Because they're out there, watching.
Well, maybe not you specifically. But they could be, if they wanted to, and that's a bit creepy. Here's how to shut them outta your life.
Passwords? Forget that crap. What you need is a Yubikey. Basically, it's a flash drive that works as the second token in all your authentication system. You plug it in, and it generates a secure password. The best way to use it is as the master key for a password manager like LastPass. That way, there's no combination of birthday and mother's maiden name to crack -- your Gmail password will be a completely random string of characters, accessible only with your super-secure flash drive.
On that note, you should probably turn two-factor authentication on (this is worthwhile even if you're not being hunted by the NSA).
One interesting revelation from NSA whistleblower Edward Snowden is that well-encrypted messages generally won't be read by the sneaky US government. The best tool for encrypting your electronic missives (freely available, anyway), is PGP, or Pretty Good Privacy. You generate a public key and a private key, which can be used to encrypt and decrypt your messages respectively, by inputting the unique random key (the flowchart above does a much better job of explaining than me). Despite being invented way back in 1991, the mathematical basis behind PGP is still sound, and probably your best bet for going super-sneaky on the US government.
But that's just message encryption. What if the feds get hold of your laptop? You need drive encryption, of course. Macs come with the pretty decent FileVault encryption system as standard; Windows users can plump for the free-and-easy TrueCrypt, which lets you create encrypted partitions or entire snoop-free drives.
So you've got your stuff encrypted; but where are you going to store the keys? That calls for a safe. Taking a few lessons learnt from The Italian Job, we can deduce that a) we want a safe that takes more than a few minutes to crack, and b) you should never store your safe above a river.
Provided you don't live in Venice, something from the Mosler safe company should fit the bill. The stuff of legend ever since they survived an atomic bomb in Hiroshima, the MSD-T model comes with a digital keypad to gain entry, and fire resistance rated for a good few hours. Good luck trying to get into that one.
Of course, that safe is no good if there's a hidden camera nearby to record your passcode. The best way to make sure that won't happen is, of course, to make your safe room (hereby referred to as 'The Vault') into a Faraday cage -- a space contained within a shield of a fine mesh of conducting material, which blocks any radio signals trying to go in or out of the cage. Added bonus: you'll be impervious to lightning.
Every good secure vault needs an equally secure way of getting inside; there aren't many better than a retina scanner. EyeLock's EyeSwipe Nano, pictured above, is a pretty decent scanner, which paired with an electronic lock, should do the business.
So your digital wares are secure; you're safe from The Man for the time being. But what's life without unrestricted access to World of Warcraft, eh? To access the internet, we're going to need more than a standard fibre connection.
Step 1: We'll set up a VPN. Buy yourself an anonymised credit card, and use that to buy a Virtual Private Server with a hosting company. Or, even better, buy yourself some BitCoins, and use those to buy the VPS. (Of course, they'll ask for your real details, but no one will know if you choose to lie. Which you shouldn't do, obviously.) Follow this guide here to set up a VPN to your home, which will be handily and thoroughly encrypted. No one knows what you're sending to your VPN server -- result!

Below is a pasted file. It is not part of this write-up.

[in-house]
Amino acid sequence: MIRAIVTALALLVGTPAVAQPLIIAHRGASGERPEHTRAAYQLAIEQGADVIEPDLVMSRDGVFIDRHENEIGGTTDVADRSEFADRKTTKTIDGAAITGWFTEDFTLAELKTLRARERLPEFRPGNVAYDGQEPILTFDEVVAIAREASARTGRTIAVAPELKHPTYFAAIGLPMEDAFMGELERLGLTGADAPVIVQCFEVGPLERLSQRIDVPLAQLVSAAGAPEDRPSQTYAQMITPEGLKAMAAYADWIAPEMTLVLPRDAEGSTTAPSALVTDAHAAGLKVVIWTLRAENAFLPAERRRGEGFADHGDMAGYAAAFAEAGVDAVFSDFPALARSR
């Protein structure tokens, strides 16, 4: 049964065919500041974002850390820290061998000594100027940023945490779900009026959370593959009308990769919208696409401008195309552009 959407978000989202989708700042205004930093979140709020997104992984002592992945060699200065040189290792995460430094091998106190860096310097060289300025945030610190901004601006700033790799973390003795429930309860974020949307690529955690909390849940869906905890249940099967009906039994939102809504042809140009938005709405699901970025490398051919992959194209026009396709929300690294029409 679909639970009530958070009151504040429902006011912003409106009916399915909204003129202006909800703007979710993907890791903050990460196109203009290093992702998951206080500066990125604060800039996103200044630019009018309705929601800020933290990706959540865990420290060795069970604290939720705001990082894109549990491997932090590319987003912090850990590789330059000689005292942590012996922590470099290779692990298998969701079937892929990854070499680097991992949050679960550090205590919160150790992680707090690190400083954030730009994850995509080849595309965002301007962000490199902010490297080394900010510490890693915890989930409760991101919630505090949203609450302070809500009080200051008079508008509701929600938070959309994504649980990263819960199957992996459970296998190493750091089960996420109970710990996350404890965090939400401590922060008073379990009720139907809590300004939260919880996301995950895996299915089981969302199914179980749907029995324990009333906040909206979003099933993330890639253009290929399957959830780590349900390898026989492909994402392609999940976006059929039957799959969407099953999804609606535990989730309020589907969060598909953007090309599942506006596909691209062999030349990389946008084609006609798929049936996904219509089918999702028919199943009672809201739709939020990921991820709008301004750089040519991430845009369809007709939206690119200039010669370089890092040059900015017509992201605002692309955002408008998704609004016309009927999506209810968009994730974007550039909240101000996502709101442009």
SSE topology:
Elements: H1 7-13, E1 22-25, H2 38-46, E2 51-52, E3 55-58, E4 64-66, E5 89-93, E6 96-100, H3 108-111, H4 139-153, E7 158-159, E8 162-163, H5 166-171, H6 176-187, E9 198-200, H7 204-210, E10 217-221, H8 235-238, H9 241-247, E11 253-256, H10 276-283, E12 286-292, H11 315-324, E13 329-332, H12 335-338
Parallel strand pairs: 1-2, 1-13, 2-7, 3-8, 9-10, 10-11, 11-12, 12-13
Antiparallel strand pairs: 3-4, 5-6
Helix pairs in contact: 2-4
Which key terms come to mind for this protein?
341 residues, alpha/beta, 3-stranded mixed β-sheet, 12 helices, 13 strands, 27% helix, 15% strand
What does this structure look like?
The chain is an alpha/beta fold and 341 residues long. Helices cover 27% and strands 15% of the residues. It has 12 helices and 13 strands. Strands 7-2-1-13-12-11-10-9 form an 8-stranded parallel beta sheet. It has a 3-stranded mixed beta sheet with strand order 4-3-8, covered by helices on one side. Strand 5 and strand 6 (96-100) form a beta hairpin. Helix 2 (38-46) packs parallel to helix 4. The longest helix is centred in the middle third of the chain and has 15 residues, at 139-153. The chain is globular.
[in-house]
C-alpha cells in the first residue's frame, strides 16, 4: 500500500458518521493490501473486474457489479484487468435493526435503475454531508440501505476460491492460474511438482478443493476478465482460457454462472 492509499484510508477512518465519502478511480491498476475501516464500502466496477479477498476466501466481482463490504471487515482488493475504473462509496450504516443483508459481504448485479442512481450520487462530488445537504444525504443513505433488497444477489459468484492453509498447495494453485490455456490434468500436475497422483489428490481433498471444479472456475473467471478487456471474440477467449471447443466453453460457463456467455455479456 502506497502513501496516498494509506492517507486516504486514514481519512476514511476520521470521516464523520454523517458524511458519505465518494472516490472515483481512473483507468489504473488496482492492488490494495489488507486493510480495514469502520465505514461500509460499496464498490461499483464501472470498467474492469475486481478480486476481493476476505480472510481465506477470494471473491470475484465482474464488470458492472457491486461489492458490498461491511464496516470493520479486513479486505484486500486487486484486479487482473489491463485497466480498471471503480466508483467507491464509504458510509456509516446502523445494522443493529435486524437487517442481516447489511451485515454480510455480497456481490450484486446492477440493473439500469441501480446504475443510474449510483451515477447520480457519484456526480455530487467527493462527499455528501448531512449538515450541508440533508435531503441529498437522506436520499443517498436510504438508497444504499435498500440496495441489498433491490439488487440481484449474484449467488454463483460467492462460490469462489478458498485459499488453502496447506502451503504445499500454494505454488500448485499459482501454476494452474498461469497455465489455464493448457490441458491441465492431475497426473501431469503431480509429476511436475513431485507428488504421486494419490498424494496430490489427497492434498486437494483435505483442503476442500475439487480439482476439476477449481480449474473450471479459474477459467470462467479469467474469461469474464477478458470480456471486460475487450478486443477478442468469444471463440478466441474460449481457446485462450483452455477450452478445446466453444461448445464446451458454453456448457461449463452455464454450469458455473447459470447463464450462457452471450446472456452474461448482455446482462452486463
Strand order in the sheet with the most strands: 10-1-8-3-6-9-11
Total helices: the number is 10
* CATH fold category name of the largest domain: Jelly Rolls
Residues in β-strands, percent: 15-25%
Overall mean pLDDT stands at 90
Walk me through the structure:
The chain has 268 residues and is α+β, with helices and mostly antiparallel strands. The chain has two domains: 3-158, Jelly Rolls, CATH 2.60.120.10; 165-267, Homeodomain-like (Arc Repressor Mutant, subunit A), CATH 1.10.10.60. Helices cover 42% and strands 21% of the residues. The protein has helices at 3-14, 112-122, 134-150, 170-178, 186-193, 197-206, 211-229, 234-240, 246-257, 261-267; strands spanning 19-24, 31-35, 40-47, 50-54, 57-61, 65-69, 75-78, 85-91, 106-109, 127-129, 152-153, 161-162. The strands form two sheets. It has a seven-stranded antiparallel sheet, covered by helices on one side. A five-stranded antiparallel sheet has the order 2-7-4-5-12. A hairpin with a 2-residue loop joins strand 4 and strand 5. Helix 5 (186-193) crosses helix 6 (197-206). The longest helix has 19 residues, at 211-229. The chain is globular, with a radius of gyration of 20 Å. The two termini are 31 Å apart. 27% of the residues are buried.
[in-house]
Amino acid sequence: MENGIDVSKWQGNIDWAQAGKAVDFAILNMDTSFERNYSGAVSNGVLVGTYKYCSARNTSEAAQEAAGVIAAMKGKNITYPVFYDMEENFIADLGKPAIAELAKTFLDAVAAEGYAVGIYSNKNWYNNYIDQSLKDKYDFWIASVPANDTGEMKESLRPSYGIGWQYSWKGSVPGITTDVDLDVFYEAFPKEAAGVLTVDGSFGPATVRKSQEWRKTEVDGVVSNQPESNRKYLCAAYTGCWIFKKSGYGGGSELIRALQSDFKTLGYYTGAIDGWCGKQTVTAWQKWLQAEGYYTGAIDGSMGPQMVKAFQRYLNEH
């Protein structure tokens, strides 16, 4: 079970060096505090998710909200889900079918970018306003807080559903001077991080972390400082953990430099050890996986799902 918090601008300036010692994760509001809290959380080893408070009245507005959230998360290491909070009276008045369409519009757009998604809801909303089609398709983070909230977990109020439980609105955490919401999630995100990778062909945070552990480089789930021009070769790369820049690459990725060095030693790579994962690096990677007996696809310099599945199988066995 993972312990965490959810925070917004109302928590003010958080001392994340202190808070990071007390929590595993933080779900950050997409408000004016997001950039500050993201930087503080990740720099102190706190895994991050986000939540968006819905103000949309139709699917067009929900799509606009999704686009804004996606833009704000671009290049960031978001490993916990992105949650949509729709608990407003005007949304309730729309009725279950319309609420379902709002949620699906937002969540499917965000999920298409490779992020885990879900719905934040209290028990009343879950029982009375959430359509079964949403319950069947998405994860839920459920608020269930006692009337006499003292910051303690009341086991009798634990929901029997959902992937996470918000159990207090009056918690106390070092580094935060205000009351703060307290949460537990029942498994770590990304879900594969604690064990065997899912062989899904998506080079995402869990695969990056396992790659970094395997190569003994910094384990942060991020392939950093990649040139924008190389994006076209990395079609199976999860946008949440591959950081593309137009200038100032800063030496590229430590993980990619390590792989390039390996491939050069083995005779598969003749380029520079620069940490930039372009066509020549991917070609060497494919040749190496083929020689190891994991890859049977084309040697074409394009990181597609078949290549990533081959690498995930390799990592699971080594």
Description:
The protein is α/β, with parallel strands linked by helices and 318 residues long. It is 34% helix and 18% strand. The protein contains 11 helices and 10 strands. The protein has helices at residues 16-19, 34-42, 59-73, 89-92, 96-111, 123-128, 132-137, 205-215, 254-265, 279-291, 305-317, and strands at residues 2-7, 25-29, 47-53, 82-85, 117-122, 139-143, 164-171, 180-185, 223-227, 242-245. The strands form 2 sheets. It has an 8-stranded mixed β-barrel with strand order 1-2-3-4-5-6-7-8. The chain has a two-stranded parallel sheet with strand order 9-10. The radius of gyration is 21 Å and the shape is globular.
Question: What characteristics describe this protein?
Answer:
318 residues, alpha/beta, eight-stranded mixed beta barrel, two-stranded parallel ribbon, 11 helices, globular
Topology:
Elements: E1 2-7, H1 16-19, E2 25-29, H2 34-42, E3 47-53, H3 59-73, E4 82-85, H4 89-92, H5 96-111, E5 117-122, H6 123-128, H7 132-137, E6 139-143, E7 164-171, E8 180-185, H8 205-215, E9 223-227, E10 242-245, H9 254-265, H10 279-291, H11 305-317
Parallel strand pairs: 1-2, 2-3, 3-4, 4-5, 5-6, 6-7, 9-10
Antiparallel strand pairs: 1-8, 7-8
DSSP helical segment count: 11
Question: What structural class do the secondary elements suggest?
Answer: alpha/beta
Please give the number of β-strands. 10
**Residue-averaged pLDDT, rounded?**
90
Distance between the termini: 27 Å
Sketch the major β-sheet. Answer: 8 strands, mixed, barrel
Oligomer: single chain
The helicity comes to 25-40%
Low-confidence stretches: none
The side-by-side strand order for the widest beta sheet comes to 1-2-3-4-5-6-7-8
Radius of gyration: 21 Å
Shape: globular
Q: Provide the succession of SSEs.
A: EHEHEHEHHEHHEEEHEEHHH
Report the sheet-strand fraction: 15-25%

But that's only Step 1. For complete internet anonymity, we're also going to use the Tor network. Buy yourself another server using your burner card or BitCoin, and install Debian on it. Then, follow this simple guide to set up a Tor hidden service on the server, which you can then connect to through your VPN. Congrats, your internet should now be well and truly anonymised.
With all this talk of digital security, it's all too easy to forget the little day-to-day details of evading simple stuff like having your credit card details compromised. Contactless payment cards can, with the right tools, be read without your permission, while the cards are in your pocket. The best defence is actually pretty simple: block NFC signals from passing through your wallet. Tinfoil works pretty neatly here, but some testing with NFC tags and readers of our own have found that tinfoil, tissue paper, melted chocolate and duct tape all work too (the duct tape was less messy than the chocolate, FYI).
Let's also not forget your phone here. Having a secure password is a must -- something ten characters or more, and turn off visible keypress if your OS allows it. Disabling NFC and Bluetooth is probably a good idea (for your battery life, if nothing else).
Then we've got messaging. All the normal messaging clients you'd probably use are busted wide open by PRISM, apparently with the exception of one -- iMessage. Apple says that because the encryption is end-to-end, neither they or any government agencies can intercept them. We're going to have to take that at face value, clearly. For added security, however, you should at least be able to hook your smartphone into your VPN network, to give at least a veneer of security.
Of course, extensive reading of Tom Clancy novels will tell you that even with all the security measures in place, nothing will stop the bad/good guys tailing you and learning your innermost secrets. There's also the argument that going completely over the top on security will make you more of a target, but hey, since Uncle Sam is collecting all our data anyway, we might as well make them work for a living.
Image credit: Man looking through window from Shutterstock